New Asean Secretary-General Lim Jock Hoi has called on all member states to stay united as different challenges lie ahead, saying the grouping must ensure it advances towards inclusive growth and sustainable development.
Over the years, Asean has made outstanding progress, with the region enjoying continued peace, stability and security, Mr Lim stressed in his speech during the transfer of office at the Asean secretariat in Jakarta yesterday.
The Brunei diplomat succeeds Vietnam’s Le Luong Minh.
“The constantly evolving global and regional landscape means the challenges and opportunities facing Asean today are different compared to its early days,” Mr Lim said.
As an inter-governmental organisation, its 10 members have occasionally had a hard time finding a common voice on sensitive national issues. But the principle of non-interference has been a useful glue to maintaining unity.
“The world is looking at Asean and will measure its success on Asean resilience, how it stays on course in its integration efforts and how it responds to emerging issues and developments arising from the interconnected world,” he said.
The transfer of office ceremony coincided with the ground-breaking for the expansion of the Asean secretariat building, situated next to the existing secretariat.
The 16-floor, two-tower project will be completed in December, and cost about 448 billion rupiah (S$44.5 million), Mr Yudi Setiawan, a general manager of state-owned construction company PT Pembangunan Perumahan that is handling the project, told The Straits Times.
Commenting on this, Mr Lim said: “Greater demands on the role of the Asean secretariat coincide with the expansion of the Asean secretariat building. Once completed, the new home of the Asean secretariat will greatly elevate Asean’s profile as an important institution on the international stage.”
Asean has witnessed several milestones in recent years. Last year, it celebrated its 50th anniversary and, in 2015, it formally established the Asean Economic Community, aimed at loosening business restrictions and enhancing trade opportunities for its member-countries.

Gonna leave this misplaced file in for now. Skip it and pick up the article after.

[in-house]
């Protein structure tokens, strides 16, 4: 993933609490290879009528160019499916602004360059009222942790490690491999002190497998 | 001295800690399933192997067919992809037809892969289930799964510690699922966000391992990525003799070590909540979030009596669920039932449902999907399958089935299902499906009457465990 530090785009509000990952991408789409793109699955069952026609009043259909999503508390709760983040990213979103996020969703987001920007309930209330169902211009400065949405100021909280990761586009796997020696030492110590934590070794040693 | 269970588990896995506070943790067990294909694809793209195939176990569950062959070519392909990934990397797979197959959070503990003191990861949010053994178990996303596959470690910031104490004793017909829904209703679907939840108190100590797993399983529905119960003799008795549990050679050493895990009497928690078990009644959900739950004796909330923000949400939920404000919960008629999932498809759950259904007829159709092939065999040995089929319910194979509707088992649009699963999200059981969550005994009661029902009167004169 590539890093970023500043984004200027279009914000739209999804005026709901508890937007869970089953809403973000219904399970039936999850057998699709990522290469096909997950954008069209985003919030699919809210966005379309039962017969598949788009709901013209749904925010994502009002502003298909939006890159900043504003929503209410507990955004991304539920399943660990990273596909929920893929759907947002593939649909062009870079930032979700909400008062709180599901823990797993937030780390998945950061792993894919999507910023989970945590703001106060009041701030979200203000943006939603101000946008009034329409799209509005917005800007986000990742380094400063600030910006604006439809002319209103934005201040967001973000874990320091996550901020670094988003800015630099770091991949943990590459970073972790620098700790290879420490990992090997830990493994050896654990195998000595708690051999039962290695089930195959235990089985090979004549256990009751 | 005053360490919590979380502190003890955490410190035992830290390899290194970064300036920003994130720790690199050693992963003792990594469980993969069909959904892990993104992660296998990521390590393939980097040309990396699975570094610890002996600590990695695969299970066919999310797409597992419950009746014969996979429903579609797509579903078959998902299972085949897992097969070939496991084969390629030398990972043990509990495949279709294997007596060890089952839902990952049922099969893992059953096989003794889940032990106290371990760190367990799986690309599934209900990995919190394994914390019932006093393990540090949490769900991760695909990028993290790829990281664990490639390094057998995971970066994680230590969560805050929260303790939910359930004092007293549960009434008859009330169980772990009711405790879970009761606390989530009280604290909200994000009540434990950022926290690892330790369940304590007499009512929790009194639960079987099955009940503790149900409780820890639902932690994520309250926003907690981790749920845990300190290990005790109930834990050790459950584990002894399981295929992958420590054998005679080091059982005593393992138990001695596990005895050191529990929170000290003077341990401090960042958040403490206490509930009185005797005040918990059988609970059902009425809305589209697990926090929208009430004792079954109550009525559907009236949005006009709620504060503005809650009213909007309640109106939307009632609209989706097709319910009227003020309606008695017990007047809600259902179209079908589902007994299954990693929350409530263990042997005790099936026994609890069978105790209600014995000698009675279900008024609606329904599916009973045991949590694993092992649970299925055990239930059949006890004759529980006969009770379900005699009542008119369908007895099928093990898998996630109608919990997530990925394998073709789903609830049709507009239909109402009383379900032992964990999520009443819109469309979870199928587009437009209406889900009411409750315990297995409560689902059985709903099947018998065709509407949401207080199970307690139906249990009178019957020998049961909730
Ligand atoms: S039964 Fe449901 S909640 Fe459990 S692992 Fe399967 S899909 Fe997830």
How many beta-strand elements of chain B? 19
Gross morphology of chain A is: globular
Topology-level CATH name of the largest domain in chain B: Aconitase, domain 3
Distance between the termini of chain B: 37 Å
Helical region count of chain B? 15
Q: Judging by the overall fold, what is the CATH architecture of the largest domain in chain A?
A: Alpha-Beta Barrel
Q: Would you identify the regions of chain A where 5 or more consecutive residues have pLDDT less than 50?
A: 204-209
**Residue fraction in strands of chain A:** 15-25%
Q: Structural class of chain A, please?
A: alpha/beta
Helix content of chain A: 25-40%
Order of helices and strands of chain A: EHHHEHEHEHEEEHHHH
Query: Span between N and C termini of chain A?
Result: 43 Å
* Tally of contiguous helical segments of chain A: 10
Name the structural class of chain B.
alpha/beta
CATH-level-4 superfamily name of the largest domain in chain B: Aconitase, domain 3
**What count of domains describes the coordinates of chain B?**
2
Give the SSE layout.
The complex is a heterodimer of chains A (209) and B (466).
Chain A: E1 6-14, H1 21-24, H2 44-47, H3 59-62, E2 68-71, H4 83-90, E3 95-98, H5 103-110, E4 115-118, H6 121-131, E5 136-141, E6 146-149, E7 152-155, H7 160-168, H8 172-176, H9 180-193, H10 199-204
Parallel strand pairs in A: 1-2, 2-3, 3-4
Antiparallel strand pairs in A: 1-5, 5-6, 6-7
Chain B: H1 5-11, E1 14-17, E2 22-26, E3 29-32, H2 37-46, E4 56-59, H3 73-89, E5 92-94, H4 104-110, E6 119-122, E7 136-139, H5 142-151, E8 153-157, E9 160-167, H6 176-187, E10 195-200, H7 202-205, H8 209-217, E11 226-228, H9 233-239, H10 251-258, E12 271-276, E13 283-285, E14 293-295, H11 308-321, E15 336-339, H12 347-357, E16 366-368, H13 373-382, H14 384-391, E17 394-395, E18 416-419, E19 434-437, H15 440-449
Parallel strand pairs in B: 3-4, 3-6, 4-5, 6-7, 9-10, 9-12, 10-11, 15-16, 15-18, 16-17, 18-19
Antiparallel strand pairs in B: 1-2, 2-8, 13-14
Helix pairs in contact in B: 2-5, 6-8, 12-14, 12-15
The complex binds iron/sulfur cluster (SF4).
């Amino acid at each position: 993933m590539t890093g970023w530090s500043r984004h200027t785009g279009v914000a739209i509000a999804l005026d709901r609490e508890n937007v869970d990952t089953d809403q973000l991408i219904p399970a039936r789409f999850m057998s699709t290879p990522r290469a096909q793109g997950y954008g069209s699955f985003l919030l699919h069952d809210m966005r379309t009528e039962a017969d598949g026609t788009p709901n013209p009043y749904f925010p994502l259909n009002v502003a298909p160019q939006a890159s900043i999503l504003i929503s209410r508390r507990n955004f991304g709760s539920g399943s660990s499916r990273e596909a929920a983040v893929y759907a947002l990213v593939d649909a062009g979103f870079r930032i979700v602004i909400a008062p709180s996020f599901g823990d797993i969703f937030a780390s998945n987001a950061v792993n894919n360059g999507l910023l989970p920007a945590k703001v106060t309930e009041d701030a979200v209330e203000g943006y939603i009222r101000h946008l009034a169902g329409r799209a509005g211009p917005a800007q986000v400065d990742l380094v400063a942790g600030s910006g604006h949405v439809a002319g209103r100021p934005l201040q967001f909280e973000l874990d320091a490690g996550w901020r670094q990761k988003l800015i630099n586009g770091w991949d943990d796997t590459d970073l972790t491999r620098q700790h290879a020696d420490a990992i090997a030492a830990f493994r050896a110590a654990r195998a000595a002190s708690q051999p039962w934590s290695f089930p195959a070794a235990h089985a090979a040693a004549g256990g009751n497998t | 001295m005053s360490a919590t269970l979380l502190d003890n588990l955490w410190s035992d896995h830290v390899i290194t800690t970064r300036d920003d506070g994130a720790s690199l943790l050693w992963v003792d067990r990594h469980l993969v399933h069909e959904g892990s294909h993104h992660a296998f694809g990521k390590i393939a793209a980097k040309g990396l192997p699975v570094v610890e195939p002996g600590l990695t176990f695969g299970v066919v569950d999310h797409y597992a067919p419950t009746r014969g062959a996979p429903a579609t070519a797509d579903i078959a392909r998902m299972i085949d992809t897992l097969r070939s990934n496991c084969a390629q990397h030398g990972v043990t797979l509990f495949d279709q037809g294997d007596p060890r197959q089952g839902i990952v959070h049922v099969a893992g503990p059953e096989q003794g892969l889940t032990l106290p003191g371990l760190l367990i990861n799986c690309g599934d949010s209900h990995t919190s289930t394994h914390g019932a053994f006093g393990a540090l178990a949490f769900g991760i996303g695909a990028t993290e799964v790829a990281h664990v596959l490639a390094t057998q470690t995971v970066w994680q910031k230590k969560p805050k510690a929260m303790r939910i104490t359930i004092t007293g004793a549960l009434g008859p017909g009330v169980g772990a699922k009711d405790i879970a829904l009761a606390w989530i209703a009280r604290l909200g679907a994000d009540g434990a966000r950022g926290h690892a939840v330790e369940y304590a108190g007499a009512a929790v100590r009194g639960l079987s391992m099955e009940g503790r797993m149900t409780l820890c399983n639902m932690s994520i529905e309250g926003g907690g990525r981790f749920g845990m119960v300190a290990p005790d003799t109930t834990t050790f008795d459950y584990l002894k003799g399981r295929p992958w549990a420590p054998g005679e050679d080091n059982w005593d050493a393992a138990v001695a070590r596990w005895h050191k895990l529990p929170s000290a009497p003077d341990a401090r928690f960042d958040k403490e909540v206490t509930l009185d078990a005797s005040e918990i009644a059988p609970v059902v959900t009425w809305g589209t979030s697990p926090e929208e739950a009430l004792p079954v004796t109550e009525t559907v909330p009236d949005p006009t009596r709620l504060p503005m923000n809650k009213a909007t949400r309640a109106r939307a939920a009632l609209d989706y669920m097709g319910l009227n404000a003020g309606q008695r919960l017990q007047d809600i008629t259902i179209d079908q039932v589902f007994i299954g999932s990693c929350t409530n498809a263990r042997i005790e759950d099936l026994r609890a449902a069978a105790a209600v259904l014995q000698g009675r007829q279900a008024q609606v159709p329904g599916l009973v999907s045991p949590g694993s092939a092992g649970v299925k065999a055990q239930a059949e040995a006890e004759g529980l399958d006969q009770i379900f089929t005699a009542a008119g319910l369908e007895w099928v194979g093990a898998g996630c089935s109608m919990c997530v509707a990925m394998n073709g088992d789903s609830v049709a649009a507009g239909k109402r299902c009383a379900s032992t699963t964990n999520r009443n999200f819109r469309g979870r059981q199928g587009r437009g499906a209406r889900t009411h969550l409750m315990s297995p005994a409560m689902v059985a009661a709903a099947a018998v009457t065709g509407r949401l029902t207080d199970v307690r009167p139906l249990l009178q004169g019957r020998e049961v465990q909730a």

Singapore is the chair of Asean this year and wants to connect the grouping’s people and economies seamlessly in a network of Asean smart cities, while at the same time boosting cyber security, said Singapore’s Foreign Minister Vivian Balakrishnan last month.
“You can’t have a smarter world and seamless digital transactions if you don’t have cyber security. It’s the flip side of the coin,” the minister told about 200 business leaders, diplomats and academics on Dec 5.
Indonesia’s Foreign Minister Retno Marsudi said: “The global role of Asean must be strengthened. This requires the unity of Asean. With its unity, the centrality of Asean can be maintained.”
She also said that this year, Asean is entering the second phase of another 50 years, which calls for a modern, responsive, effective and better-equipped Asean secretariat.
“Aside from continuing to strengthen its sense of community, bring benefit to its people and maintain its role in peace and stability in the region, Asean must also be able to contribute more to the world,” she added.
The views and opinions expressed in this article do not necessarily reflect the official policy or position of the ASEAN Trade Union Council.
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